Who Was Michiyo Tsujimura? Google Doodle Celebrates Scientist Known for Green Tea Research

Who Was Michiyo Tsujimura? Google Doodle Celebrates Scientist Known for Green Tea Research

The Google Doodle for today, September 17, celebrates Michiyo Tsujimura, the groundbreaking late Japanese biochemist known for her research on green tea and its nutritional benefits. The educator and researcher was Japan’s first woman doctor of agriculture.

Tsujimura identified different components of green tea, including vitamin C, which led to an increase in the export of green tea from Japan to North America, according to the digital archives of Ochanomizu University, a women’s university in the Japanese capital Tokyo, where she was a professor.

Green tea later was one of the fastest growing exports in the U.S. at one point, the U.S. Library of Congress notes.

Ever wonder why green tea can taste bitter? That’s due to its catechin and tannin components, both of which were also discovered by Tsujimura.

Born on September 17, 1888 in the Saitama prefecture of Honshu, Japan’s largest main island and home to Tokyo, Tsujimura would have celebrated her 133rd birthday today.

The scientist first worked as an assistant teacher at Jinjo Higher Elementary School. She later studied under Kono Yasui at the Tokyo Women’s Higher Normal School, where she developed a strong interest in scientific research, according to Ochanomizu University’s digital archives.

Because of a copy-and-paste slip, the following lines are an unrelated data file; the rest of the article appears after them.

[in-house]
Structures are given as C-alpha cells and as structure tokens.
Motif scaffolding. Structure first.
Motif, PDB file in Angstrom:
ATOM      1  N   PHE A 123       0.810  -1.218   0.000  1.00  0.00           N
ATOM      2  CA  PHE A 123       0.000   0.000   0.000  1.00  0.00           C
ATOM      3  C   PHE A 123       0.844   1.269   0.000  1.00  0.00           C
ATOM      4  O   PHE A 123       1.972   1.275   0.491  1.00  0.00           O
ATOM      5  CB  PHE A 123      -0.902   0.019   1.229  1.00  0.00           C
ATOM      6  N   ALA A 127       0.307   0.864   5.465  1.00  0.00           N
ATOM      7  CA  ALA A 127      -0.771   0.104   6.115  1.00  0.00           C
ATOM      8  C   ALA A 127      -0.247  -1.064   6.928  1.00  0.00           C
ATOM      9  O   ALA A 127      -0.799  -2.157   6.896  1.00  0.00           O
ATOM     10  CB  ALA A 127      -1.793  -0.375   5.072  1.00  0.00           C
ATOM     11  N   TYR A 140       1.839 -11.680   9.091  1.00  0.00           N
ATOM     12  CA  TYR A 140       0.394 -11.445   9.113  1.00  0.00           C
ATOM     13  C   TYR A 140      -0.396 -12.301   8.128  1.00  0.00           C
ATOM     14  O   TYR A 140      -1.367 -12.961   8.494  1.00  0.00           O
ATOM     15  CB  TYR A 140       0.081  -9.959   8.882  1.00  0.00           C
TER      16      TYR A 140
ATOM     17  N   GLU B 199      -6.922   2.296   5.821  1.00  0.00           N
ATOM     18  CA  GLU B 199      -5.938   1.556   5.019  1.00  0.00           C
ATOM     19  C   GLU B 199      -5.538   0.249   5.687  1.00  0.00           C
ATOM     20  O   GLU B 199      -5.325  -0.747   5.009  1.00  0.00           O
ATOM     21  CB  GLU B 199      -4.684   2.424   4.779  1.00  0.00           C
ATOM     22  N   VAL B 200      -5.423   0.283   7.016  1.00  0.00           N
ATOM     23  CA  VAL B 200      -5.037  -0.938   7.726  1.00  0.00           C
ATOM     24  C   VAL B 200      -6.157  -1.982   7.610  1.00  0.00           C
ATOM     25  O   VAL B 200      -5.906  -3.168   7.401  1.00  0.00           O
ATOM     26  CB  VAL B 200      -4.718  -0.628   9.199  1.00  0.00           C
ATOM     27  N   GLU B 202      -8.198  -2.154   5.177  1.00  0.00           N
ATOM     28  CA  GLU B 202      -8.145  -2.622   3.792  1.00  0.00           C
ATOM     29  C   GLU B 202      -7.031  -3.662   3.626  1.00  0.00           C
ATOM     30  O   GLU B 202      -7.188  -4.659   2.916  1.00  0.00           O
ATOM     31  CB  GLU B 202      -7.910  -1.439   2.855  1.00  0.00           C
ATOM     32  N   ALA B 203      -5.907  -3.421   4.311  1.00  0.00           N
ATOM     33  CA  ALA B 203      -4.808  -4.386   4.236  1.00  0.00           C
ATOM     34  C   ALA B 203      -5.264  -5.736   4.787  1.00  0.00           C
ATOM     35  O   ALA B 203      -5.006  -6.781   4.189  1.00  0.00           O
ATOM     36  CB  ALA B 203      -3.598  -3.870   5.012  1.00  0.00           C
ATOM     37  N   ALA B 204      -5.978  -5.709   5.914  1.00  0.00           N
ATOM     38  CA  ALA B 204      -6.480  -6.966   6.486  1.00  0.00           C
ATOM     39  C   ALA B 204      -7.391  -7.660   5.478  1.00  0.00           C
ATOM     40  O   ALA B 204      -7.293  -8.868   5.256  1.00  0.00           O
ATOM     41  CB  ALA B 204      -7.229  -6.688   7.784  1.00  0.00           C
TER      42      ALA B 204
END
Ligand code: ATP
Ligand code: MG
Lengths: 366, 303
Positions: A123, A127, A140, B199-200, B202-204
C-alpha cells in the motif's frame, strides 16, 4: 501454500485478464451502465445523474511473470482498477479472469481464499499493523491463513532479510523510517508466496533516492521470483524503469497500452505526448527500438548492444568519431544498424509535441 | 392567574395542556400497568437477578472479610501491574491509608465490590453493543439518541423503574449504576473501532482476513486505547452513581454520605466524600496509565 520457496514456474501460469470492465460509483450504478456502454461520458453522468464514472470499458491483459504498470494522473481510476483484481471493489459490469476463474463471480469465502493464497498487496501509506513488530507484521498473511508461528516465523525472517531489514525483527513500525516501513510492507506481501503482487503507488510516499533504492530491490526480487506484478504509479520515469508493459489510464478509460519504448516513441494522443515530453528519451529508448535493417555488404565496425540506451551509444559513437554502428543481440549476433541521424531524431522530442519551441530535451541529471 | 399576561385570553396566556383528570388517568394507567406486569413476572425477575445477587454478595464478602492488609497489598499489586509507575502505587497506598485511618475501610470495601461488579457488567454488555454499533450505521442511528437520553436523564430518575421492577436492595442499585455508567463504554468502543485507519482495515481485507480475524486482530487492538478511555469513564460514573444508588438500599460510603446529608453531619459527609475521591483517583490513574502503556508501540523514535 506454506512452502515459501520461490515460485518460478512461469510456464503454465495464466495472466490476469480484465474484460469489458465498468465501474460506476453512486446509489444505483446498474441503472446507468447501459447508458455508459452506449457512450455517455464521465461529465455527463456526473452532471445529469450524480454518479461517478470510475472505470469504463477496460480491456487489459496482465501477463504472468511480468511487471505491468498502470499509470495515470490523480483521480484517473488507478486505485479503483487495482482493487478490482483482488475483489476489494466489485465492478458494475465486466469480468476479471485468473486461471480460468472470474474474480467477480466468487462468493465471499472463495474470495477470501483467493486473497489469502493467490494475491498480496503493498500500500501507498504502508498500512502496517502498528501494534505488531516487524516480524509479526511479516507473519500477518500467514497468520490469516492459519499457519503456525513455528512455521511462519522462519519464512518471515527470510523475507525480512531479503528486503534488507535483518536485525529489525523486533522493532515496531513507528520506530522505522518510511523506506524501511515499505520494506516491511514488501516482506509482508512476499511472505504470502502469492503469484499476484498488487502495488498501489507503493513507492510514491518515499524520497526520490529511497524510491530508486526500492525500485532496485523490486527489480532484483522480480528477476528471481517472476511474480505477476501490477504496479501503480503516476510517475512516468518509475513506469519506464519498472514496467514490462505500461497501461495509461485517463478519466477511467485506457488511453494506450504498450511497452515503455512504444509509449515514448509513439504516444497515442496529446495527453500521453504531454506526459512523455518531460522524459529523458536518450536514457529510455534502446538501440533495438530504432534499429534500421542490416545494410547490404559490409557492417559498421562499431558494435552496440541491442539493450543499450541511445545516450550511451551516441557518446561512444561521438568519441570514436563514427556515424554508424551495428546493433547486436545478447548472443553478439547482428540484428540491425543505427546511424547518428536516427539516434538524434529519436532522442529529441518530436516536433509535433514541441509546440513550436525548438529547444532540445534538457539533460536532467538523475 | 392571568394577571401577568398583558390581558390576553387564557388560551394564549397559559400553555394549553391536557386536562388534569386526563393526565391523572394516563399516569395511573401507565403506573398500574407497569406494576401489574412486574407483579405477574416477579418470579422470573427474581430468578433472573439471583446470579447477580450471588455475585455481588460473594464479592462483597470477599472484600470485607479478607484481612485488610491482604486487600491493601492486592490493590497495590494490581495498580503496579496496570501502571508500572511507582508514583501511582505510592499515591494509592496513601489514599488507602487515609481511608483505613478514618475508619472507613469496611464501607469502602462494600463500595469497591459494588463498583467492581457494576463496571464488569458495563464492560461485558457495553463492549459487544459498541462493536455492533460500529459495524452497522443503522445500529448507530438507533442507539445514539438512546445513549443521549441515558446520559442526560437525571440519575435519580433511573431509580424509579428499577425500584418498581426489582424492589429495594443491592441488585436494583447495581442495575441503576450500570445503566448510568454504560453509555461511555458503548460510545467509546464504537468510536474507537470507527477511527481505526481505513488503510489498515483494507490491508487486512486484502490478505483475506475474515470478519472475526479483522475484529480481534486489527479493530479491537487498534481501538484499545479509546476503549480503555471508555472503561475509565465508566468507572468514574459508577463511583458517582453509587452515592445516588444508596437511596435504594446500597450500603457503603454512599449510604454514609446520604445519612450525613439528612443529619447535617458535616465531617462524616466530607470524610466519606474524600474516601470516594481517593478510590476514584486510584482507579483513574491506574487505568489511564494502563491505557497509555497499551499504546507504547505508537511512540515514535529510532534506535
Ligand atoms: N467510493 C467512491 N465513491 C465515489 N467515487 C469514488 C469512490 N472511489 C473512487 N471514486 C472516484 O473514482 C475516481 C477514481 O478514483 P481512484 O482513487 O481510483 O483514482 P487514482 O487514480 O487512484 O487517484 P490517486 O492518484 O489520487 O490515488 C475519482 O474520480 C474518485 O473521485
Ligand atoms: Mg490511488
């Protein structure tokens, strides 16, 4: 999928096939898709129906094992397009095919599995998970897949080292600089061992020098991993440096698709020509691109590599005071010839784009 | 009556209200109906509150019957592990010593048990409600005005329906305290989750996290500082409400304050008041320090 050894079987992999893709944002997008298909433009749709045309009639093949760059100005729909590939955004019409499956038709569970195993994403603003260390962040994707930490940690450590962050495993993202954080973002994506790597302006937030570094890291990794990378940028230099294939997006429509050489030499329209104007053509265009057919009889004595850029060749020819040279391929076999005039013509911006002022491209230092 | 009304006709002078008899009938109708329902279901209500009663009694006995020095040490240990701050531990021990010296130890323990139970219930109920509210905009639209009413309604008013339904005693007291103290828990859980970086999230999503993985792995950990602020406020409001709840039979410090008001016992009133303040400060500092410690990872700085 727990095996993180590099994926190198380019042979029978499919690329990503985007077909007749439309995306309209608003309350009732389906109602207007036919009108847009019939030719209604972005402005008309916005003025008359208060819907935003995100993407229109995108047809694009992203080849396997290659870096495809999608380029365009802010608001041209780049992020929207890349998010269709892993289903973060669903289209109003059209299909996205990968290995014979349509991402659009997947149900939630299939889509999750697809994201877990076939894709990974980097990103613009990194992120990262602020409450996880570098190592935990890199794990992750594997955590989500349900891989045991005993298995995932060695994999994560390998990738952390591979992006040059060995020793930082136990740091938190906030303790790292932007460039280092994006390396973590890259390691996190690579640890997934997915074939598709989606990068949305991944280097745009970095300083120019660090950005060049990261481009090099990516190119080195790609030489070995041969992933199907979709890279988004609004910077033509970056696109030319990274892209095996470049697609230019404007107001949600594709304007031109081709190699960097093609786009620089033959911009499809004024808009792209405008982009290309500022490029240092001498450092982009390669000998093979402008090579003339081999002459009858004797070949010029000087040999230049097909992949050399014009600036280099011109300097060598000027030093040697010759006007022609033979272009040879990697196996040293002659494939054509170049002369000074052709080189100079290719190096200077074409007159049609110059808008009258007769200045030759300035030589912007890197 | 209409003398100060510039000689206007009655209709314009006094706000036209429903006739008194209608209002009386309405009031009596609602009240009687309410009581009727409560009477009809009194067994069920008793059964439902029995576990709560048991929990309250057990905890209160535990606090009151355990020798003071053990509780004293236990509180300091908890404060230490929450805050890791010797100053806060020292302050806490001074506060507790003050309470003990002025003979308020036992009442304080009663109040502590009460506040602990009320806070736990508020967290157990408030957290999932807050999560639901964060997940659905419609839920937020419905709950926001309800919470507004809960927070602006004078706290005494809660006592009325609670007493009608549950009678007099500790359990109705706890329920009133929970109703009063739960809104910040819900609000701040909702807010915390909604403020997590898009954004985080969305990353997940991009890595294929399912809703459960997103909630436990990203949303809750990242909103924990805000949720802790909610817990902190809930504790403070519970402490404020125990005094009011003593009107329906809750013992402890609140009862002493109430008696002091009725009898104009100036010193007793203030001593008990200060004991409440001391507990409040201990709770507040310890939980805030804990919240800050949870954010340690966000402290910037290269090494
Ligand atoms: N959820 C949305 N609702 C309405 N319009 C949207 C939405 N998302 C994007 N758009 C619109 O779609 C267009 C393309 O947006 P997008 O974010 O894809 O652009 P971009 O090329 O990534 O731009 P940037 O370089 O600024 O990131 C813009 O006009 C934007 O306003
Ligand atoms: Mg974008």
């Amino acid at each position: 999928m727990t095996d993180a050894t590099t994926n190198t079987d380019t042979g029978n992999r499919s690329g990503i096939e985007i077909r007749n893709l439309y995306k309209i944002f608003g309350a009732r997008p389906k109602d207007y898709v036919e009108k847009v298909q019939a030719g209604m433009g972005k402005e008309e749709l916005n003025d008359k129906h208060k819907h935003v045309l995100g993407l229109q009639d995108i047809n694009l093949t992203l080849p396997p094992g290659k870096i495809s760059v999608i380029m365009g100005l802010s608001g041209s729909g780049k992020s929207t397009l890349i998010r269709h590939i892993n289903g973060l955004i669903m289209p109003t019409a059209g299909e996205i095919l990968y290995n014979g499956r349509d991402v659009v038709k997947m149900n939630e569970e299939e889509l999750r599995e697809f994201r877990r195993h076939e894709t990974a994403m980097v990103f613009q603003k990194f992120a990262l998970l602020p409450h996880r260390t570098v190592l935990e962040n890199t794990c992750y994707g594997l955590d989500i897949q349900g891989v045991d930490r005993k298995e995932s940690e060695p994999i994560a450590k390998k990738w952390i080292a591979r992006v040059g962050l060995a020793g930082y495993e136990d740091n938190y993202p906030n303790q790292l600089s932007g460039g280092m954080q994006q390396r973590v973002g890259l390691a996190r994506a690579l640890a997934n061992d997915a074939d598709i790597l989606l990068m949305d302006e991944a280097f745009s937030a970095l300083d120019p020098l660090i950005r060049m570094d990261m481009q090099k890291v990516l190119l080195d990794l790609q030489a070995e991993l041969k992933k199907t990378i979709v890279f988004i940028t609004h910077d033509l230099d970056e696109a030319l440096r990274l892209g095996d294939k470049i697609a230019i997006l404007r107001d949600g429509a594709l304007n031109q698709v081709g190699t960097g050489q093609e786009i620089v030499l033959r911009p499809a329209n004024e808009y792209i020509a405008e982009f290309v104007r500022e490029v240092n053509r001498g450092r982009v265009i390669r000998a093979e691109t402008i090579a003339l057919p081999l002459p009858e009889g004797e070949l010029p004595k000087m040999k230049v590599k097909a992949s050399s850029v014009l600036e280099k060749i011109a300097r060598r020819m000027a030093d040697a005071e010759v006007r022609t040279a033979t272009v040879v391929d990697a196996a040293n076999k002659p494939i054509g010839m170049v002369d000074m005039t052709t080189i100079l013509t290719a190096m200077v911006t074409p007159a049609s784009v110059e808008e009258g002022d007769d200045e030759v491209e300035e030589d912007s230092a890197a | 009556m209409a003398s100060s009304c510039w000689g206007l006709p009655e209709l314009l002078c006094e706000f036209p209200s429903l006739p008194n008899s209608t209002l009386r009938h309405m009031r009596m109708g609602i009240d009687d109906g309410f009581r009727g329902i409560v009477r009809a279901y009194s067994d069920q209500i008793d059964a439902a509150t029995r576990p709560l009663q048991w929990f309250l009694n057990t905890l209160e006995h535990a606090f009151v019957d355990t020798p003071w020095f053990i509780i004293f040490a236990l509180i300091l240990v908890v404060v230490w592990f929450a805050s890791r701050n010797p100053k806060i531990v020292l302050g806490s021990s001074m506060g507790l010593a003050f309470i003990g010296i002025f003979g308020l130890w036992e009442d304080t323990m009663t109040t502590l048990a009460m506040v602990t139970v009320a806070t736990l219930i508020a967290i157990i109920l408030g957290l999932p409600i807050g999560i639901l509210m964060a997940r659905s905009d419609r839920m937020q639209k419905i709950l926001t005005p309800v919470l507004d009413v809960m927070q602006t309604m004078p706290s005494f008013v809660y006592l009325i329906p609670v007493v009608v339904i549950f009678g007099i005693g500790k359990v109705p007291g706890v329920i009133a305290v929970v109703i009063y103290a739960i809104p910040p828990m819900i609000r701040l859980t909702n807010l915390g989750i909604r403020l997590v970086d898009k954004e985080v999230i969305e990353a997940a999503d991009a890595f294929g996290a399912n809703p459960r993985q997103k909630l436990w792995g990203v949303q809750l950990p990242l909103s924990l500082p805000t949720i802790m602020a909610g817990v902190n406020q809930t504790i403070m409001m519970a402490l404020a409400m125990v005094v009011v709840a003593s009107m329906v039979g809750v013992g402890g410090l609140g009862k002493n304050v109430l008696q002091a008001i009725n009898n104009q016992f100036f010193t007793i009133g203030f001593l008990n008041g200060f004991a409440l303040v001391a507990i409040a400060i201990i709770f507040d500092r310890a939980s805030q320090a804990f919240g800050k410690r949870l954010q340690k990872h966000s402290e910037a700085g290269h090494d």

Tsujimura worked as a teacher for seven years in the Kanagawa and Saitama prefectures before launching her career as a researcher.

A tea ceremony class in Tokyo.

She initially worked as an unpaid assistant in the food nutritional laboratory of the agricultural chemistry department of Hokkaido Imperial University, which at the time did not accept female students, before later working as a researcher at the university.

She continued her work at the Riken research institution where she identified vitamin C in green tea in her joint research with Seitaro Miura.

The pioneering researcher later successfully isolated and extracted catechin for the first time in the world in 1929. The following year, she also determined the chemical structure of tannin and extracted it in crystal form, the Ochanomizu University’s digital archives explains.

Her research was presented in a paper titled “On the Chemical Components of Green Tea,” which earned her a doctorate in agriculture from Tokyo Imperial University in 1932, becoming the country’s first woman doctor of agriculture.

In 1949, Tsujimura worked as a professor at Ochanomizu University as well as its first dean of the Faculty of Home Economics. The passionate educator continued to work in education for several years, including at Tokyo’s Jissen Women’s University.

Following her death, a memorial stele was set up in Toyohashi, the area where she spent her final years, by Katsurakai, an organization created in her honor.

A cup of green tea and powder.

A cup of green tea and tea powder spread on a table mat.

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